Connect with us

Top Stories

Weichai Power’s Strategic Equity Investment in Ceres Power Receives Final Chinese Approval

Published

on

Weichai Power's Strategic Equity Investment in Ceres Power Receives Final Chinese Approval

Ceres Power (AIM: CWR) (“Ceres Power”, “Ceres”), developer of the SteelCell®, a world-leading, low cost Solid Oxide Fuel Cell (SOFC) technology, is pleased to announce that Weichai Power (“Weichai”) has received relevant approvals from the People’s Republic of China (PRC) for its proposed equity investment in Ceres announced on 16 May 2018.

Further to the announcement made by Ceres on 16 May 2018, relevant competent authorities in the PRC have approved the proposed equity investment by Weichai in Ceres.

Approval covers the initial investment of c.£17m to take a 10% stake in Ceres and is priced at 15.08p / share, an 18% premium to the date of the initial announcement.

Approval also covers the additional potential equity investment of c.£23.2m which is conditional on the signing of further commercial agreements before 30 November 2018.

Approval marks a significant milestone before the formal start of the relationship with Weichai, one of the leading automobile and equipment manufacturing companies in China.

The parties will initially work on jointly developing and launching a fuel cell range extender system for China’s fast growing electric powered bus market.

Ceres will now seek shareholder approval for authorities to issue the Ordinary Shares arising from these investments, and will shortly send out a Notice to a General Meeting.

The second potential equity investment of c.£23.2m will be by way of warrant at an exercise price of 16.45p/share, a 29% premium on the market value at the time of the initial announcement. This warrant will allow Weichai to hold in aggregate a 20% equity holding in Ceres and will be automatically exercised on the signing of the further commercial agreements expected later in 2018, subject to certain conditions.

Alongside the investment, Ceres and Weichai intend to enter a broader strategic collaboration to jointly develop and launch a SOFC fuel cell range extender system for China’s fast growing electric powered bus market. Weichai has a wide network of customers in China with sales volumes of c.30,000 buses per year.

The strategic collaboration is currently expected to begin with an initial Fuel Cell System technology transfer to Weichai in 2018 for the development and demonstration of CNG fueled SteelCell® SOFC hybrid electric buses in China by 2019. The parties then expect to progress to further trials of multiple buses and SteelCell® SOFC stack supply by 2020.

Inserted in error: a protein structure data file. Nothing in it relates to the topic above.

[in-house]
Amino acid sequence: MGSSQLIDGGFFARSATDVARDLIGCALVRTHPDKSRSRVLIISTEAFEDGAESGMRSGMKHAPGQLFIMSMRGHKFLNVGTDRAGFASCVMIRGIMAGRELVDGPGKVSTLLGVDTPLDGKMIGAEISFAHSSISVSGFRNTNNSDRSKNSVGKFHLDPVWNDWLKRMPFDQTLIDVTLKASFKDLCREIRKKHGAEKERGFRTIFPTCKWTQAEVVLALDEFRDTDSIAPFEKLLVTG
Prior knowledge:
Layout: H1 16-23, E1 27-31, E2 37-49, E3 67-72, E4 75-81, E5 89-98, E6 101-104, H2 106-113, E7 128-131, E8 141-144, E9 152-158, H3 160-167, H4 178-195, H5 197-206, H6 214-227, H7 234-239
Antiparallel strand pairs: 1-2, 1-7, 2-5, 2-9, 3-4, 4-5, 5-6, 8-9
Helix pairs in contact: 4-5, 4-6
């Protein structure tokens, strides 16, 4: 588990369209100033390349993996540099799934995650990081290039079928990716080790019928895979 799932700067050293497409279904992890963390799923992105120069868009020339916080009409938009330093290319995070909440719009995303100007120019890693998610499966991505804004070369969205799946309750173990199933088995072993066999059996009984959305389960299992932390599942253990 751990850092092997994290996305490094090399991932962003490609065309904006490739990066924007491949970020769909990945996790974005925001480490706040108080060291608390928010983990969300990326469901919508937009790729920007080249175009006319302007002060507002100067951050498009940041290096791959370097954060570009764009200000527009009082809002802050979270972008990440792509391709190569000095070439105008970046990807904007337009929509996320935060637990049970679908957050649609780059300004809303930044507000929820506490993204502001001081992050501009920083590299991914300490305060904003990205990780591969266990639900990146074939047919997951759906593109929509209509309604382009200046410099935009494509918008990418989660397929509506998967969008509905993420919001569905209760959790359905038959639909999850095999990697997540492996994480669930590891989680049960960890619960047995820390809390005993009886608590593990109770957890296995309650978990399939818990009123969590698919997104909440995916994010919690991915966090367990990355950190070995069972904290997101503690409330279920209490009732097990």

Weichai is listed in Hong Kong and Shenzhen with a market capitalization of c. US$10bn, and has a strong track record of making strategic investments in businesses around the world, including SociétéInternationale des Moteurs Baudouin in France, Power Solutions International lnc. in the U.S. and KION Group AG (MDAX-listed) in Germany.

The low-emission public transport market in China represents a major commercial opportunity for Ceres’s technology. This is being driven by the Chinese Government, which is stimulating this sector through subsidies and Zero-Emission Zones designed to reduce air pollution and carbon emissions, while increasing public health and lower operating costs.

In addition to these benefits and increasing the operational range of electric buses, the Ceres Power range extender has the advantage of being able to run on widely available fuels such as CNG and does not rely on the roll out of hydrogen infrastructure.

Top Stories

UK might need negative rates if recovery disappoints – BoE’s Vlieghe

Published

on

UK might need negative rates if recovery disappoints - BoE's Vlieghe 1

By David Milliken and William Schomberg

LONDON (Reuters) – The Bank of England might need to cut interest rates below zero later this year or in 2022 if a recovery in the economy disappoints, especially if there is persistent unemployment, policymaker Gertjan Vlieghe said on Friday.

Vlieghe said he thought the likeliest scenario was that the economy would recover strongly as forecast by the central bank earlier this month, meaning a further loosening of monetary policy would not be needed.

Data published on Friday suggested the economy had stabilised after a new COVID-19 lockdown hit retailers last month, while businesses and consumers are hopeful a fast vaccination campaign will spur a recovery.

Vlieghe said in a speech published by the BoE that there was a risk of lasting job market weakness hurting wages and prices.

“In such a scenario, I judge more monetary stimulus would be appropriate, and I would favour a negative Bank Rate as the tool to implement the stimulus,” he said.